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What Is Your Community or Place of Faith Doing to Help Keep Kids Healthy This Summer?

During the school year, the National School Lunch Program serves more than 30.9 million students. What happens when school lets out? In the summer, about 1.4 million of these children eat a school meal in summer school, while over 2 million more enjoy breakfasts, lunches or snacks through the Summer Food Service Program. Some of the nation’s children are going without healthy meals in the summer. Hunger is one of the most severe roadblocks to the learning process. Lack of nutrition during the summer months may set up a cycle for poor performance once school begins again. Hunger also may make children more prone to illness and other health issues. The Summer Food Service Program is designed to fill that nutrition gap and make sure children can get the nutritious meals they need. Passionate community and faith leaders ensure there are meal sites in parks, schools, camps, places of faith and other locations nationwide that provide educational and nutritional meals to children to foster healthier lifestyles. However, the need is great and we need your help!

Here’s How You Can Help:

Open a Feeding Site

Your community building or place of faith could become a feeding site for children!  Sites are the physical locations were food is served. Each site location must work with a Summer Food Service Program sponsor that is financially and administratively responsible for the meal service at the site. You can also help by coordinating site participation with other youth activity programs in your area. The primary reason for the limited access to the program is that there are not enough feeding sites. So become part of the solution and open your community space to children seeking education opportunities and a healthy meal. To learn more contact your state agency: http://www.fns.usda.gov/cnd/Contacts/StateDirectory.htm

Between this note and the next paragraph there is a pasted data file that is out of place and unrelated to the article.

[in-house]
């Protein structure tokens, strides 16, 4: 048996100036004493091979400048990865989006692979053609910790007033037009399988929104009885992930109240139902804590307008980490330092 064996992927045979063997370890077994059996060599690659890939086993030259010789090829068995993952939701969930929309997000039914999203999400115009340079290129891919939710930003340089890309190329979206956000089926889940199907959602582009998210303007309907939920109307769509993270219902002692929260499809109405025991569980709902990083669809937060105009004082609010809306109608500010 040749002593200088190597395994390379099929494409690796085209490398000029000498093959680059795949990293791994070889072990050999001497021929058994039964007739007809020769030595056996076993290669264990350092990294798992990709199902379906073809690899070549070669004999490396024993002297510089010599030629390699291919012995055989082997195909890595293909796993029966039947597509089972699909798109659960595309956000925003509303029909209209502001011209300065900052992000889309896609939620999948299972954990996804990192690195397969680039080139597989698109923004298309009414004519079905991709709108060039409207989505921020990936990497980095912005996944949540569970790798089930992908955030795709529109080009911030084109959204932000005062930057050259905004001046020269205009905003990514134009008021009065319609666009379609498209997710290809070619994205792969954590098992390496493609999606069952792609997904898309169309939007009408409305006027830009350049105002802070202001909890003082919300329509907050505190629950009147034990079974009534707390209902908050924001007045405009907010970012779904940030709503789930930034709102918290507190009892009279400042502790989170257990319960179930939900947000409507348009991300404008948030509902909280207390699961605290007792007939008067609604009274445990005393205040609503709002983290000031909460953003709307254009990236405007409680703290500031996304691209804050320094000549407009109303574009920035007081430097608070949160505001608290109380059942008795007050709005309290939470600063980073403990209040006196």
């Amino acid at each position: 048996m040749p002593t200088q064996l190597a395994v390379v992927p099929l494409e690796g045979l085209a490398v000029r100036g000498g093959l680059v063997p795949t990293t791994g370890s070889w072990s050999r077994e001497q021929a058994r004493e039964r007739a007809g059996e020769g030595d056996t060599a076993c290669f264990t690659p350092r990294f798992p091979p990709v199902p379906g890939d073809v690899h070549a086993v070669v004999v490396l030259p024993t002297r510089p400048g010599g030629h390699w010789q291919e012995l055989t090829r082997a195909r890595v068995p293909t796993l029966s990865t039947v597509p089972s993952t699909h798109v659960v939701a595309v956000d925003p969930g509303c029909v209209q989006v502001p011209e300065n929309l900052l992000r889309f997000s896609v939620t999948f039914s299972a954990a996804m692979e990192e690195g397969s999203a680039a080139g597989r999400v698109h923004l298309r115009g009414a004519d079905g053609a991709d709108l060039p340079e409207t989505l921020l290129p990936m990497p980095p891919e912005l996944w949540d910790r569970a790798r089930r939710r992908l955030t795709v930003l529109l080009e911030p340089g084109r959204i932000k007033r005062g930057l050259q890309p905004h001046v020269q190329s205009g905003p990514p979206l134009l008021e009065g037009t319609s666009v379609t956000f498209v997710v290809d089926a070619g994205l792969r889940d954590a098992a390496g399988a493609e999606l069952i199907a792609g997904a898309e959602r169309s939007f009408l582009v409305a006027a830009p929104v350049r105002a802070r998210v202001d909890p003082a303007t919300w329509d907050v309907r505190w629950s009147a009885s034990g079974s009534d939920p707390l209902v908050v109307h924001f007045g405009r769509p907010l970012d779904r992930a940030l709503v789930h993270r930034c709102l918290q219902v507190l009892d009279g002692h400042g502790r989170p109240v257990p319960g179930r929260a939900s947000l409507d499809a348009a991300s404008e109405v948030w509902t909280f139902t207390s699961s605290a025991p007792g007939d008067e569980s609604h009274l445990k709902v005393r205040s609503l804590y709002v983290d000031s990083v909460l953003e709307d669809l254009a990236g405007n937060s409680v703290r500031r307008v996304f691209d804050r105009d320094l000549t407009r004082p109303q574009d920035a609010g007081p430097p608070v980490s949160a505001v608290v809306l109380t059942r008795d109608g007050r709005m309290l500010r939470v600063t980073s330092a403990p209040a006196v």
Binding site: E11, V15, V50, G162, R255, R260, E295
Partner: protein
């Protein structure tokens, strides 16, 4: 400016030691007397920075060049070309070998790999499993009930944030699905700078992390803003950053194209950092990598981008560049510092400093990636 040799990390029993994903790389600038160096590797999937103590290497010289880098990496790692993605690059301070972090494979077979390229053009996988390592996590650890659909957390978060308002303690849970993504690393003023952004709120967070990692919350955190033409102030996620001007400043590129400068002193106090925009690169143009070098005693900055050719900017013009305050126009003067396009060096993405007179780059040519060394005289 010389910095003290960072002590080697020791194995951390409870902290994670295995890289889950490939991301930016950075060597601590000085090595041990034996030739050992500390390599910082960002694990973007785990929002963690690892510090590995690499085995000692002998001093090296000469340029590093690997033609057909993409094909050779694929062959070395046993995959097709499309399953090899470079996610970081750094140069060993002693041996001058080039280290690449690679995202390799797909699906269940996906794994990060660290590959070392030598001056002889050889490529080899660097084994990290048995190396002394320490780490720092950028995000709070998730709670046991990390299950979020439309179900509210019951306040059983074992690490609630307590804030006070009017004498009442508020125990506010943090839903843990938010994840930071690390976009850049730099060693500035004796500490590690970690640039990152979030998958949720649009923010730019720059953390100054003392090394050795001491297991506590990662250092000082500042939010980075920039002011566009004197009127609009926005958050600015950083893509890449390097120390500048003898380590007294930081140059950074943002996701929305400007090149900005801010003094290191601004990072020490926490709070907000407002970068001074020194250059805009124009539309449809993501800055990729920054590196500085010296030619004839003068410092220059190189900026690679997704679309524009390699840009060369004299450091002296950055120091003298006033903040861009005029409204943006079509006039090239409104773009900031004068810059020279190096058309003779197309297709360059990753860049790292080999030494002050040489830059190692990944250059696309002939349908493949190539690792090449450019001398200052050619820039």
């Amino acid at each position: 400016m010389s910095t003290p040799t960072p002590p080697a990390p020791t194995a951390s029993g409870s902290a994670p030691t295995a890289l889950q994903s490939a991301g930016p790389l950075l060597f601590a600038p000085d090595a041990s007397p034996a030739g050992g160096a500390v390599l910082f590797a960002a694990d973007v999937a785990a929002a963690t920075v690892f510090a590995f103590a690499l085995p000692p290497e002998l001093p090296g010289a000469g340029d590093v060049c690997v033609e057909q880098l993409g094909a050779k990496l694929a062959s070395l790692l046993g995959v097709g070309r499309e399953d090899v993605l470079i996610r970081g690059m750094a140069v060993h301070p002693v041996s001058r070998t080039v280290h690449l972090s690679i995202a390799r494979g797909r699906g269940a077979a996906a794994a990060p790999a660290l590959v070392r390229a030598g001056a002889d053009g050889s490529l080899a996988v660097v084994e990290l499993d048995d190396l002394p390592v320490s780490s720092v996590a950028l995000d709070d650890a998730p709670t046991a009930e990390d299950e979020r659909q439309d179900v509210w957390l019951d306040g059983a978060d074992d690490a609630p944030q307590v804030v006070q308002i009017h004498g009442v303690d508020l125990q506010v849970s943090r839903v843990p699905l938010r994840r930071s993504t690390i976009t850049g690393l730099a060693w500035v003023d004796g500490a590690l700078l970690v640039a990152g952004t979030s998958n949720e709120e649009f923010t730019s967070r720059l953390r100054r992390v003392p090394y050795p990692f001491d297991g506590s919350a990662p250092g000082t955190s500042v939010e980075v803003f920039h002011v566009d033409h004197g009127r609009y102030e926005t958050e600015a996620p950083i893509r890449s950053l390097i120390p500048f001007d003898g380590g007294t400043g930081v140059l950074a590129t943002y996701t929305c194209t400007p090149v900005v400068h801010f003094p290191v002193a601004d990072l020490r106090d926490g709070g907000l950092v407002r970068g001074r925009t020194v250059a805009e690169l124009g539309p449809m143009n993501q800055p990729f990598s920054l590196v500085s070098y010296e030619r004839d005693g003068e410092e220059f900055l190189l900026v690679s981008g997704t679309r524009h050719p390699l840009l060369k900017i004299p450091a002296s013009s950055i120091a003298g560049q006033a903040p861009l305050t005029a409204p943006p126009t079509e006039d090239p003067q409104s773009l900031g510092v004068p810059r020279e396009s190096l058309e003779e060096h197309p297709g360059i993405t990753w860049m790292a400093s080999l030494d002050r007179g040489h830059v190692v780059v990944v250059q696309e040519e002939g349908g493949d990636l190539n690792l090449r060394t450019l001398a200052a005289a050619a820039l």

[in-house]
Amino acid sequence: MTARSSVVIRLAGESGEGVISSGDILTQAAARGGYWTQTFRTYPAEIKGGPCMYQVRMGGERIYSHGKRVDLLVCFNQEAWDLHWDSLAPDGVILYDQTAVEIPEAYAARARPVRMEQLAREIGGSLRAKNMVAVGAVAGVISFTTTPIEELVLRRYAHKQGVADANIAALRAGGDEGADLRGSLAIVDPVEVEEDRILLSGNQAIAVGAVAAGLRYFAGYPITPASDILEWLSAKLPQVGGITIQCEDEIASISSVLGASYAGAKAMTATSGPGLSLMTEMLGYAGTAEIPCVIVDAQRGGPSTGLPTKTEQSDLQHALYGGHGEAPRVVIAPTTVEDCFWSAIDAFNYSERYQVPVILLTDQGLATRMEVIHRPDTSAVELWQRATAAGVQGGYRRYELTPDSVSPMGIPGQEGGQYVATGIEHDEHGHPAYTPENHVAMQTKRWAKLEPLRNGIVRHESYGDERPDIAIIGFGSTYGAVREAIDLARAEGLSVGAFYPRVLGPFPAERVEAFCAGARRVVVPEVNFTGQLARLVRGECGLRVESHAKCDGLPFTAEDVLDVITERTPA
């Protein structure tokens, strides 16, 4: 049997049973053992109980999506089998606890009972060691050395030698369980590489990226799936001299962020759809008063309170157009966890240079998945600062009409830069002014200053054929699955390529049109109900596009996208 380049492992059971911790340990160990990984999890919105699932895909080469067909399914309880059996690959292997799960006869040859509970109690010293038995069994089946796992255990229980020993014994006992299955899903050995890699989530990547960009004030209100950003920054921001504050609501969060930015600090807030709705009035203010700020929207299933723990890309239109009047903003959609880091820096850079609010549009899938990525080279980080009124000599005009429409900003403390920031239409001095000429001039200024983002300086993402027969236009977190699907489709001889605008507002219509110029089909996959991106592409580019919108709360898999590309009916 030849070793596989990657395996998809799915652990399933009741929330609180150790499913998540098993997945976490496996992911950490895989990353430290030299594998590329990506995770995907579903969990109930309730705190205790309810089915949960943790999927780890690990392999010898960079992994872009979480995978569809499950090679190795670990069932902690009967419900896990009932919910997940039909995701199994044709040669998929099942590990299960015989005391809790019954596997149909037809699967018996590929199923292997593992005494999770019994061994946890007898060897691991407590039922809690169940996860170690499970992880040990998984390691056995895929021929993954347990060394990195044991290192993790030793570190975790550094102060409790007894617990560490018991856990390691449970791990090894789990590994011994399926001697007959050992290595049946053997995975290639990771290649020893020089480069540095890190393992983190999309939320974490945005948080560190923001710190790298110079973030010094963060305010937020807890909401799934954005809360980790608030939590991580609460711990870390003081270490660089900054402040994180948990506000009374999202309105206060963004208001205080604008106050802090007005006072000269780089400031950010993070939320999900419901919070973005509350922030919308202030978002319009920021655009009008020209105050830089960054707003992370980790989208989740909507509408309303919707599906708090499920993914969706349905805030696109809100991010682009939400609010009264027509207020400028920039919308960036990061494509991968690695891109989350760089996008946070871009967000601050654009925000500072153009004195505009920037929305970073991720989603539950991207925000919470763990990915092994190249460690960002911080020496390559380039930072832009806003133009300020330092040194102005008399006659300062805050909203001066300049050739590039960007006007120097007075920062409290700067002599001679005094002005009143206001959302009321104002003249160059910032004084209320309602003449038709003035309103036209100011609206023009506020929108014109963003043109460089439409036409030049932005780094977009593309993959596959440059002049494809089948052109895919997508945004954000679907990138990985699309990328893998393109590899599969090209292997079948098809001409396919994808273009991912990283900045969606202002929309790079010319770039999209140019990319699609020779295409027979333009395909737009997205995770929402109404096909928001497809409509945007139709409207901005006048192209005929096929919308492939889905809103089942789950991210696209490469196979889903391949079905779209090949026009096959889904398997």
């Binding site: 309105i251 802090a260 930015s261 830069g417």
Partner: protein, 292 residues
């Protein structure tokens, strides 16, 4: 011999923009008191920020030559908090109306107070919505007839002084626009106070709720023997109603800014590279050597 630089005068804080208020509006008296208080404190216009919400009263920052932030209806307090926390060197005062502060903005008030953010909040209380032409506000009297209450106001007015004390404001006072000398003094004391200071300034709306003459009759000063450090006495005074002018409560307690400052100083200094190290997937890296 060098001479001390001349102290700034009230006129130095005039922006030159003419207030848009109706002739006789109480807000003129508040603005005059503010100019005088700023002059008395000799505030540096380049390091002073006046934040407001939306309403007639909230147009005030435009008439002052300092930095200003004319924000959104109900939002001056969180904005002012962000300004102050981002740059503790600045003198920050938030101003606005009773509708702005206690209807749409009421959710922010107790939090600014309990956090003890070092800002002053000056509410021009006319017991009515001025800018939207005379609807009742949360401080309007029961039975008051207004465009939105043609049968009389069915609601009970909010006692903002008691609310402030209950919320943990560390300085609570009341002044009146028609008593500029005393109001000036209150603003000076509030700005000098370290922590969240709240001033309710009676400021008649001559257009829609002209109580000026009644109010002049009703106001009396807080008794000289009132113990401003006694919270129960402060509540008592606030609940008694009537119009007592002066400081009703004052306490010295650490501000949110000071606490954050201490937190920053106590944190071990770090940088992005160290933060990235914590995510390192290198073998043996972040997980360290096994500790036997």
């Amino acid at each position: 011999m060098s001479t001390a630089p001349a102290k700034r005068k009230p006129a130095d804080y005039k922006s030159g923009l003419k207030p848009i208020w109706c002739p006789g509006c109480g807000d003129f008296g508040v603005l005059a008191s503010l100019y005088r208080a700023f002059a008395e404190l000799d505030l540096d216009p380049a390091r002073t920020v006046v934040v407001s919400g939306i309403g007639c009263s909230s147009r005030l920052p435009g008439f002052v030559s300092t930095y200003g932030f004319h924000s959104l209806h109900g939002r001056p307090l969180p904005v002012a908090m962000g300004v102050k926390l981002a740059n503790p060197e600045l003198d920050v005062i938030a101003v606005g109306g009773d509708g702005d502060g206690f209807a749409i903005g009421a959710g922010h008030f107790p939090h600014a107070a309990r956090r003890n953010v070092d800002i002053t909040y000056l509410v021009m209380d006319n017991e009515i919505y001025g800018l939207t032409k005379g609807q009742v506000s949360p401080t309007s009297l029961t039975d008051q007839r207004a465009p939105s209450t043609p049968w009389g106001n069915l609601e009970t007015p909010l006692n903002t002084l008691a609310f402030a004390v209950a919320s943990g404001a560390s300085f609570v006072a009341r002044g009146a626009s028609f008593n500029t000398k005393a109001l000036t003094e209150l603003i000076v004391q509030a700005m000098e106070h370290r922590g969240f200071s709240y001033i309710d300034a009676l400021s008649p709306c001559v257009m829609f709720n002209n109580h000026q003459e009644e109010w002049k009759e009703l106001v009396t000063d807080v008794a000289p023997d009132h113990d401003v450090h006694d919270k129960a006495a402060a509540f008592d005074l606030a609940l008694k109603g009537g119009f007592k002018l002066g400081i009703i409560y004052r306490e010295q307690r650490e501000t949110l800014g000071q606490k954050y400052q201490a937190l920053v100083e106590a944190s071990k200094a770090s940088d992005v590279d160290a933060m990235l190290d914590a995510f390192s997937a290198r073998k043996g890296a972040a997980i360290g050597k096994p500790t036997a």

Become a Sponsor

Your community organization can be a sponsor, which means acting as the organizer for the Summer Food Service Program sites. Public or private non-profit schools, local, municipal, county, tribal or state government, private non-profits, public or private non-profit camps, and private or non-profit universities or colleges are examples of local organizations that often serve as Summer Food Service Program sponsors. Sponsors must be able to provide a capable staff, managerial skills, and food service capabilities. A sponsor may provide its own meals, purchase meals through an agreement with an area school, or contract for meals with a food vendor. To learn how to become a Sponsor visit: http://www.summerfood.usda.gov/Sponsor.htm

Volunteer

While feeding children is the top priority of the Summer Food Service Program, programming is what keeps children coming back. This takes volunteers – and LOTS of them – especially in June, July and August. Volunteers can help with basics like transporting food, setting up or cleaning up a site—they also plan and do educational or recreational activities with the children. Contact your State agency to find a SFSP Sponsor or feeding site to volunteer with in your area. http://www.fns.usda.gov/cnd/Contacts/StateDirectory.htm

Tell Others About the Summer Food Service Program

Tell others how the Summer Food Service Program helps feed hungry children and discuss how they or their organization can help. The more people know about the issues, the more likely they are to take action to help end hunger or know how to help their own http://www.summerfood.usda.gov/webinar.htmchildren. There are great outreach materials here: http://www.summerfood.usda.gov/Outreach.htm

To Learn More About How You Can Help Feed Kids Healthy Food This Summer visit: http://www.summerfood.usda.gov

To watch a previously recorded webinar about the Summer Food Service Program, visit: http://www.summerfood.usda.gov/webinar.htm

Amber Herman, U.S. Department of Agriculture